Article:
The GPM mission builds on the success of Tropical Rainfall Measuring Mission (TRMM) in operation since 1997. Tropical storms don’t just stay in the tropics and TRMM’s orbit limits it to latitudes between 35º north (Fayetteville, NC) and 35º south (southern tip of Africa). The orbit of GPM core provides significantly more coverage, between the Artic and Antarctic circles (65º north latitude and 65º south latitude). This not only gives researchers a more complete view of the lifecycle of storms but also allows operational meteorologists to better monitor the position and internal structure approaching storms.
“With GPM's more sensitive instruments and wider coverage of the globe, we can more accurately profile a tropical cyclone, predicting where they're likely to form, how intense they're likely to become and tracking the path they'll take so that agencies can make better decisions to help get people out of harm's way,” says TRMM project scientist Scott Braun.
The GPM Core Observatory carries two instruments: a microwave imager and a dual-frequency radar. The imager measures energy radiated by precipitation across 13 channels. Lower frequencies detect moderate rain, middle frequencies for rain/snow mix, and higher frequencies falling snow and ice. Meanwhile, the radar measures the structure of the precipitation from within the cloud down to the surface; dual frequencies allow it to do this in 3-D and to account for attenuation of the signal.
“A Unique Dataset”
Validating the GPM instruments has two purposes: To make sure the data we get from the satellite are of similar or better quality than the data we already have and to understand any limitations with the dataset. A comprehensive dataset is needed to accomplish both. The field campaign spent weeks collecting such a dataset across the western Carolinas. Researchers deployed almost half a dozen radar systems and tapped into a network of more than a hundred rain gauges to collect the standard dataset for such an analysis.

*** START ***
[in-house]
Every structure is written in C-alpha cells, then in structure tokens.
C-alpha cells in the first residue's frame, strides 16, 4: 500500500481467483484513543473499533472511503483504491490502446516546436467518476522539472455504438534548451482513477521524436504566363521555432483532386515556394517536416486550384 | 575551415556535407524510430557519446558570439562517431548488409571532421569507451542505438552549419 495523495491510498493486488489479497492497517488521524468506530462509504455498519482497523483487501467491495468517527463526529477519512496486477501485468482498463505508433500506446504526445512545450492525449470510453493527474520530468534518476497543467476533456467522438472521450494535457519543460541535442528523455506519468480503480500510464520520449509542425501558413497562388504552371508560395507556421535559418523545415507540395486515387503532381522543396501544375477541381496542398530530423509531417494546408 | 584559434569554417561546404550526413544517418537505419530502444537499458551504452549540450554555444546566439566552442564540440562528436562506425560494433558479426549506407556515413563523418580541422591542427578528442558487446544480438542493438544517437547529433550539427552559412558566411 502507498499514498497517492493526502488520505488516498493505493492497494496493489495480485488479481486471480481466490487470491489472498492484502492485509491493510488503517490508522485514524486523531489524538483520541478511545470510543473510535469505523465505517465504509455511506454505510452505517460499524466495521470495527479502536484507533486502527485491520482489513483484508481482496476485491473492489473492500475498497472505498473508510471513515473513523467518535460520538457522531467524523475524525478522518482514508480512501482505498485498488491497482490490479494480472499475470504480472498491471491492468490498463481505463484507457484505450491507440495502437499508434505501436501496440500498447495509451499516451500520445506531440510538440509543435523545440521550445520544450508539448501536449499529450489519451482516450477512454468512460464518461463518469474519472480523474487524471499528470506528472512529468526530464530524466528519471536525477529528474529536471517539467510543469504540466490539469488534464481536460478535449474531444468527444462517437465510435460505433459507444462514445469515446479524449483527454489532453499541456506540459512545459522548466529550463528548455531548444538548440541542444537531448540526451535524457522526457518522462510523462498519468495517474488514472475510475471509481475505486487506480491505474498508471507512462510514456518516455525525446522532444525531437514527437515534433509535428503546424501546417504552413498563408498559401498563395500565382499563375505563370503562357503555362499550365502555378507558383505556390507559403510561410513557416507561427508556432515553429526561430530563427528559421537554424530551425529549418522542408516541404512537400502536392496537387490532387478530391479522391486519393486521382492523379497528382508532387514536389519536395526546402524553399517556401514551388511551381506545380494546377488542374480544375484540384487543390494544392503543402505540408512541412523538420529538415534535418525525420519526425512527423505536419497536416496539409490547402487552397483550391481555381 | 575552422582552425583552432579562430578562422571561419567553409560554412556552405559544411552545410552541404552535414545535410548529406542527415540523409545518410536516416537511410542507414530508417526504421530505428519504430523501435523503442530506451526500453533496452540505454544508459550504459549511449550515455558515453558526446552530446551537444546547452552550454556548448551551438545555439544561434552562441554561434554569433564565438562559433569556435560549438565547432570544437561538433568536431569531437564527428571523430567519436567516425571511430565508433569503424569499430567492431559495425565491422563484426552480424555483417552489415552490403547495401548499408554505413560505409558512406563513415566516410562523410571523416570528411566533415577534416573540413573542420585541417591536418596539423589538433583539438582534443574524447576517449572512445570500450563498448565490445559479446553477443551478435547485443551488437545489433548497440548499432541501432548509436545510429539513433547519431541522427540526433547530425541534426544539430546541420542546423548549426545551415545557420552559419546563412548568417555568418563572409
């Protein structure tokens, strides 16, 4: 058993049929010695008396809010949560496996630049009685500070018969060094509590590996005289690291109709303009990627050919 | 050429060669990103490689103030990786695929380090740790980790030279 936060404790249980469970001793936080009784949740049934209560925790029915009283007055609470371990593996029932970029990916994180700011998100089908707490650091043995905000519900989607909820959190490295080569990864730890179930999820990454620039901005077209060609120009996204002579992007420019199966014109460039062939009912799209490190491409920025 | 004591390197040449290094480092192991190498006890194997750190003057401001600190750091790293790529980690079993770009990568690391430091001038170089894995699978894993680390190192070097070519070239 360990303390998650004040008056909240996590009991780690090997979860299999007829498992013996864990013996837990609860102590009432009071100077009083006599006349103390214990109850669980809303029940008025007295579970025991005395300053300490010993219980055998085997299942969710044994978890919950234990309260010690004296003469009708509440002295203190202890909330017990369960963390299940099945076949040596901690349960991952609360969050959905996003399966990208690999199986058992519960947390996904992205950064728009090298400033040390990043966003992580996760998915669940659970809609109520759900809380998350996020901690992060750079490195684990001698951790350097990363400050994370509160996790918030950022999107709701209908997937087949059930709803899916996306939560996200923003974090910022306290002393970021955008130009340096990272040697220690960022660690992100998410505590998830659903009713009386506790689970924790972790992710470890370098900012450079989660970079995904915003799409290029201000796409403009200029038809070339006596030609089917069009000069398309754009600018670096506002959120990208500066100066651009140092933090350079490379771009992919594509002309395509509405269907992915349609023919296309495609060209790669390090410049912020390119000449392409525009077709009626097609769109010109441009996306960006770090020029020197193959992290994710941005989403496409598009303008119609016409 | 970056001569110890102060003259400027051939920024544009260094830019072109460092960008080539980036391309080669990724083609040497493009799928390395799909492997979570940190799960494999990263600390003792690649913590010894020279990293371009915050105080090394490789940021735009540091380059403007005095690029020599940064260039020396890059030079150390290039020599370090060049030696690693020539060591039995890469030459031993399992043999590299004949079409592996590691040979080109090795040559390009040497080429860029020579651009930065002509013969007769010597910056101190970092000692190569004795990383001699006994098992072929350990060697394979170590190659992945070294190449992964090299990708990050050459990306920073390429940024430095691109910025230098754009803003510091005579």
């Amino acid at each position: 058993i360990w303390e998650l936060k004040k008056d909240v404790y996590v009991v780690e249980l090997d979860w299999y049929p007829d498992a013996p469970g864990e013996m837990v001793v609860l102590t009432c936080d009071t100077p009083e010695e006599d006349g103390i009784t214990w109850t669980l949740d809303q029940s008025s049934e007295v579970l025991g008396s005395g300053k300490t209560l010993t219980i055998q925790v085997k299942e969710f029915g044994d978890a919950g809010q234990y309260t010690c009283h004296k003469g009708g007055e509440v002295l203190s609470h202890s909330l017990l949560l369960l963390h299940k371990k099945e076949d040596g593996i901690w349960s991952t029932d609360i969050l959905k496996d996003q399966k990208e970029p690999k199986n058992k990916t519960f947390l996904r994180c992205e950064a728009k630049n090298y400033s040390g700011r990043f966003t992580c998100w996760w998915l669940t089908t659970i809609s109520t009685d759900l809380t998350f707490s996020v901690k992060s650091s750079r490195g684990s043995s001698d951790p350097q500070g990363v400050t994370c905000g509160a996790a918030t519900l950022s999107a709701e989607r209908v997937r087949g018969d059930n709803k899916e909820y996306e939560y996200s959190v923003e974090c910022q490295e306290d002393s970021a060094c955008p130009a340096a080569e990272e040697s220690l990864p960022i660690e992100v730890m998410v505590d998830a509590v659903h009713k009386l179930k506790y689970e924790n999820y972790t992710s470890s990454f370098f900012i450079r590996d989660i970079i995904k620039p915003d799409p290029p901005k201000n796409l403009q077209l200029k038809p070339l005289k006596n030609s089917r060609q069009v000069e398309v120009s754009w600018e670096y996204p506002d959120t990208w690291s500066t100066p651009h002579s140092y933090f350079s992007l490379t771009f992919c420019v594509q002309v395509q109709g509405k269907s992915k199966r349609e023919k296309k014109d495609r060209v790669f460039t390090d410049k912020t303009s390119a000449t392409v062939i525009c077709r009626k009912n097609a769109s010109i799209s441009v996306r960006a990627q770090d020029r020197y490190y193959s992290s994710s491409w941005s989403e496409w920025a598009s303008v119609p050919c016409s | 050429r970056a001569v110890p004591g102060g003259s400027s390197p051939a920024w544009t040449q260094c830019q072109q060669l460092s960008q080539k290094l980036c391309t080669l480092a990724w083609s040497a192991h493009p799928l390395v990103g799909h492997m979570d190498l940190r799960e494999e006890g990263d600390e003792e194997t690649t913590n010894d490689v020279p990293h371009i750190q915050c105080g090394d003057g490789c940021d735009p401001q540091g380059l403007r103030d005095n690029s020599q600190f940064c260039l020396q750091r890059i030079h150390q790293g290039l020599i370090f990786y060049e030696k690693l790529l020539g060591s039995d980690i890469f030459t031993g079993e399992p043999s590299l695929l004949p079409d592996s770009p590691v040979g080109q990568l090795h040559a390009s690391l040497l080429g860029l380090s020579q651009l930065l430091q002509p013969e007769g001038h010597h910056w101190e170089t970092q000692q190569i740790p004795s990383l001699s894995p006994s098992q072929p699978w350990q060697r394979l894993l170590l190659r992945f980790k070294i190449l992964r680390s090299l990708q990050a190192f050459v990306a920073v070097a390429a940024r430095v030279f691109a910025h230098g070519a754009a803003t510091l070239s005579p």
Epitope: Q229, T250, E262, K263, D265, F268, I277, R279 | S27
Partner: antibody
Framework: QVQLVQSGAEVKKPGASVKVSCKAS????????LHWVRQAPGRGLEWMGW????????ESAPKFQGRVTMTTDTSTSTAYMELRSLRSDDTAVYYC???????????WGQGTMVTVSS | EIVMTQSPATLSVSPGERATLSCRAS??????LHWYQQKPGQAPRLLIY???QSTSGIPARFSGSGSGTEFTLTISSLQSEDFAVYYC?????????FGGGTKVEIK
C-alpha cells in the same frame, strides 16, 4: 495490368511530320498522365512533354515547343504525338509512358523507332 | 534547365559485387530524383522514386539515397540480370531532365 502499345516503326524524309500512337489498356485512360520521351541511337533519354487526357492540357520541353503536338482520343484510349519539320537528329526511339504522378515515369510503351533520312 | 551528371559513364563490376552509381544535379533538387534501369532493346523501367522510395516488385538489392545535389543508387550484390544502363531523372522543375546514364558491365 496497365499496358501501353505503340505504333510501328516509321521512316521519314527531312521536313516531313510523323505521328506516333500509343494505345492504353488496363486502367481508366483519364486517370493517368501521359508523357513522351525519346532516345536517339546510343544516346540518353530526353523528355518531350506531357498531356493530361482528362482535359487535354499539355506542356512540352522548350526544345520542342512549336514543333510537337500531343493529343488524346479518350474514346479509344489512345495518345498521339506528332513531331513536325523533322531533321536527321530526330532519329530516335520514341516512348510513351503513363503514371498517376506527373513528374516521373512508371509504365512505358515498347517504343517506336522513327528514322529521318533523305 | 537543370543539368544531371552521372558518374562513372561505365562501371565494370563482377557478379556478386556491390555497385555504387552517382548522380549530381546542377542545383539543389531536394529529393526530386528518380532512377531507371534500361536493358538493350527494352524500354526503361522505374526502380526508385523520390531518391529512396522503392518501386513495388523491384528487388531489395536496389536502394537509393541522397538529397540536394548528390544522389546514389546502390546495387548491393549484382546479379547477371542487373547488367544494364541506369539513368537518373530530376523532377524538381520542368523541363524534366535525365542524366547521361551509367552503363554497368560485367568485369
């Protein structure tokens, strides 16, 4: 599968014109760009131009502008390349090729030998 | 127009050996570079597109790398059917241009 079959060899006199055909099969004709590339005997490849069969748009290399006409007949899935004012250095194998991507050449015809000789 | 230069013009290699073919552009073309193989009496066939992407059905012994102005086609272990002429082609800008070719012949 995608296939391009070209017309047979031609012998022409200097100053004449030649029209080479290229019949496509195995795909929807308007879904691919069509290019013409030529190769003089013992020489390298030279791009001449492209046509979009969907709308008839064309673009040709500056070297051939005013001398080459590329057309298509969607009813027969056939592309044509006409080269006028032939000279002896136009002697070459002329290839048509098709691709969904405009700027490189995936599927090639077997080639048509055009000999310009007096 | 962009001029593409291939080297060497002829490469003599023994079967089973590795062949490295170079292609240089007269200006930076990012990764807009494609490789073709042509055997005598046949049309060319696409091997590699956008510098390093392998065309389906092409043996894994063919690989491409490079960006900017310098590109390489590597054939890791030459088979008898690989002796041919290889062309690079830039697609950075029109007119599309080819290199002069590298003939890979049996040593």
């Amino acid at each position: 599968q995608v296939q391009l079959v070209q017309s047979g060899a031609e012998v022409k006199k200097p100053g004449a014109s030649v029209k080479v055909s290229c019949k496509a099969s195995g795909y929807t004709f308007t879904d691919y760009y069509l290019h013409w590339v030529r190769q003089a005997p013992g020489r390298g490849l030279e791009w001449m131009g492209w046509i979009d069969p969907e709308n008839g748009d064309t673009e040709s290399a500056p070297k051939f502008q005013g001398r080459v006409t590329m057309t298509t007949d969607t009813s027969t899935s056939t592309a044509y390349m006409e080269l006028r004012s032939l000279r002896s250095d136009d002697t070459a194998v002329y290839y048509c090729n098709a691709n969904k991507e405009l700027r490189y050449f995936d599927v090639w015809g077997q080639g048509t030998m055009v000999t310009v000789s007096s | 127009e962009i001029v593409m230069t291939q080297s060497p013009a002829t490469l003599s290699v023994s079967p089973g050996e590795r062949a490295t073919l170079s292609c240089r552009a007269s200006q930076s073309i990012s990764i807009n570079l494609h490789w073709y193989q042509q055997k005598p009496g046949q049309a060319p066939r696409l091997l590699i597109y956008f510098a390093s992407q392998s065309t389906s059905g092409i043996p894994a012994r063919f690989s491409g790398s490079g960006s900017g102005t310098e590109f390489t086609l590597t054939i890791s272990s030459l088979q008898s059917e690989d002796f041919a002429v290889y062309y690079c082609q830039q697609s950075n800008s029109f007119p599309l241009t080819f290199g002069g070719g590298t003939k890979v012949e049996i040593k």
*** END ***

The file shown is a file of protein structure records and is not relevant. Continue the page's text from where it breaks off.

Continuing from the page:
But they did not stop there.
The project also flew two different aircraft, including an ER-2, the research version of the Air Force’s U-2 high-altitude spy plane, to collect data in and around the various showers and thunderstorms over the survey area. The ER-2 is actually simulating the data collected by the satellite while a specially-configured Cessna Citation flies around and through the storms to study the physics inside the storm.
On the ground, the research team also has a number of soil moisture sensors, stream gauges, and disdrometers – instruments that measure the sizes of individual raindrops – to round out the data set. These data will not only help to validate the GPM instrumentation, but they will go to improve computer models used to estimate both how much rain has fallen over a given area and how the rain will flow into streams and rivers once it falls.
The outpost was part of a focused field campaign to observe precipitation over the mountains of North Carolina. The North Carolina field campaign follows similar exercises in Oklahoma and Iowa and was designed to improve rainfall estimation and hydrological efforts over the mountains after two campaigns over relatively flat terrain. The team will move to Washington state to collect similar datasets around the Cascades.